The Development of The South African Emolument Attachment Order Mechanism: A Historical Overview
Author Stephan van der Merwe
Affiliations: BComm LLB LLM PGDip (Higher Education: Teaching and Learning) (University of Stellenbosch). Senior attorney, notary public and lecturer, Law Clinic, University of Stellenbosch
Source: Fundamina, Volume 28 Issue 1, p. 140-170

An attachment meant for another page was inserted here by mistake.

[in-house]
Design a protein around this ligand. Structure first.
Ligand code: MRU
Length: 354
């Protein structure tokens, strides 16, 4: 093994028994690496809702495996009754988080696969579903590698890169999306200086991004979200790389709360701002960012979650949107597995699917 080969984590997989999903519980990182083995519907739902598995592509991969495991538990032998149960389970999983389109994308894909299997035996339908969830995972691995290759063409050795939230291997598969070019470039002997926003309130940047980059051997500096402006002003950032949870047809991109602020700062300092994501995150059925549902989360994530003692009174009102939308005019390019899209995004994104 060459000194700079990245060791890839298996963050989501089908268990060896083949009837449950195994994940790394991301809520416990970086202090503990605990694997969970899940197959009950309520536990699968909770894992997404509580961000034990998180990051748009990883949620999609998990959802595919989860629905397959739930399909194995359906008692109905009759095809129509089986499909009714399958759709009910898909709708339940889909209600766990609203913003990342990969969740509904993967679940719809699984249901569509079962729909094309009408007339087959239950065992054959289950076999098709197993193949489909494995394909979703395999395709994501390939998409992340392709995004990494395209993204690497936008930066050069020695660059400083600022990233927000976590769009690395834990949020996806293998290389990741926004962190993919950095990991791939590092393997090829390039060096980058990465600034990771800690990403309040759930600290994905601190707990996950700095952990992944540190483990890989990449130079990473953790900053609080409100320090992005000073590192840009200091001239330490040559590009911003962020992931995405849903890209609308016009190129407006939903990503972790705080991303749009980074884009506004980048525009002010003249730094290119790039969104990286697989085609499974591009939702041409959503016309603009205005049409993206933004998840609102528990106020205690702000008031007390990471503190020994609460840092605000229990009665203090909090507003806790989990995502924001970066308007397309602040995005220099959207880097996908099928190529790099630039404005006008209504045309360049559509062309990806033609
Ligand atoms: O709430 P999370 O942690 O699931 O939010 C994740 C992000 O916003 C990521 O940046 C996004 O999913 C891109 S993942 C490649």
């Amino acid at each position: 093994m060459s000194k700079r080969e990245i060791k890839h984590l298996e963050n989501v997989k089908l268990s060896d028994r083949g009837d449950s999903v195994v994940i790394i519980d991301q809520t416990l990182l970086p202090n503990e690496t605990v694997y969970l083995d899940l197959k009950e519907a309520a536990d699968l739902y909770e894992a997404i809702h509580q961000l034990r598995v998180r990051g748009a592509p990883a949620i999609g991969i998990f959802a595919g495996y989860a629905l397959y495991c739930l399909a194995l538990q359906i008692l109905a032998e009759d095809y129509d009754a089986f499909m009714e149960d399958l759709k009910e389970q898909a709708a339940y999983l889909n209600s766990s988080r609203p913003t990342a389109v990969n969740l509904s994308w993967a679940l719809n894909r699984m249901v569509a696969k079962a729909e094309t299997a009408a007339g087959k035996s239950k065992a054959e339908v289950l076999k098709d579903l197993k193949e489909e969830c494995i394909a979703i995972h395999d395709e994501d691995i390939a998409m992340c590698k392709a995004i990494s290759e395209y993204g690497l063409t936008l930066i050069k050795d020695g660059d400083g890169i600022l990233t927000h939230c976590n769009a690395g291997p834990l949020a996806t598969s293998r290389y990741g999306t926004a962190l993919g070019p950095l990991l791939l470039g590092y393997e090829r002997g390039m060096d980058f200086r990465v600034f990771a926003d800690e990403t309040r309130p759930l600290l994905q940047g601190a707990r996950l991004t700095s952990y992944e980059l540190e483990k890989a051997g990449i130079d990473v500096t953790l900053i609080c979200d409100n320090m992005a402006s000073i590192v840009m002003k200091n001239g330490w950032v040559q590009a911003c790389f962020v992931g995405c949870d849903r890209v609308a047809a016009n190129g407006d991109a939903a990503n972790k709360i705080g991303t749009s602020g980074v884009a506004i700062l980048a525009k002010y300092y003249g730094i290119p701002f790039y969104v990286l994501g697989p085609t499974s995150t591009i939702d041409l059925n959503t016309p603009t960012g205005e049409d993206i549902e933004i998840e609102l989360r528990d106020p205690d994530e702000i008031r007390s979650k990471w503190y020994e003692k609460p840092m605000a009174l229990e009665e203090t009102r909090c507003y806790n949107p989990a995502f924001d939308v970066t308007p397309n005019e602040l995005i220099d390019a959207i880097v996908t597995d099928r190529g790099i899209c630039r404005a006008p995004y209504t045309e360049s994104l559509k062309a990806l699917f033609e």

In South Africa, wage garnishment is achieved through the emolument attachment order (hereafter “EAO”) mechanism. This civil debtcollection instrument plays a significant role in South African society, affecting the lives of potentially millions of people. It is therefore concerning that the mechanism is often criticised for lacking effective measures to prevent, monitor, identify and then correct irregularities in the collection of debt through EAOs. This contribution considers the historical context that directed the development of the South African EAO mechanism and the composition of the current South African framework regulating EAOs. It considers South Africa’s unique legal approach resulting from the development of common-law procedural affordances supporting a predominantly civil-law substantive system. It analyses the role of Roman law, Roman-Dutch law, English common law, and the constitutional dispensation in shaping the contemporary EAO mechanism. In the process, the study identifies challenges that have been present since the mechanism’s earliest origins, which can be traced through its historic development and remain contentious in its contemporary version. The study is significant since the EAO mechanism has not yet been subjected to a comprehensive and critical analysis of this kind. Limited research has been conducted on the South African EAO mechanism and there has not been any detailed analysis of its history and development. It is submitted that such an analysis is a necessary first step to facilitate further in-depth comparative research with the aim of developing an effective and fair EAO mechanism.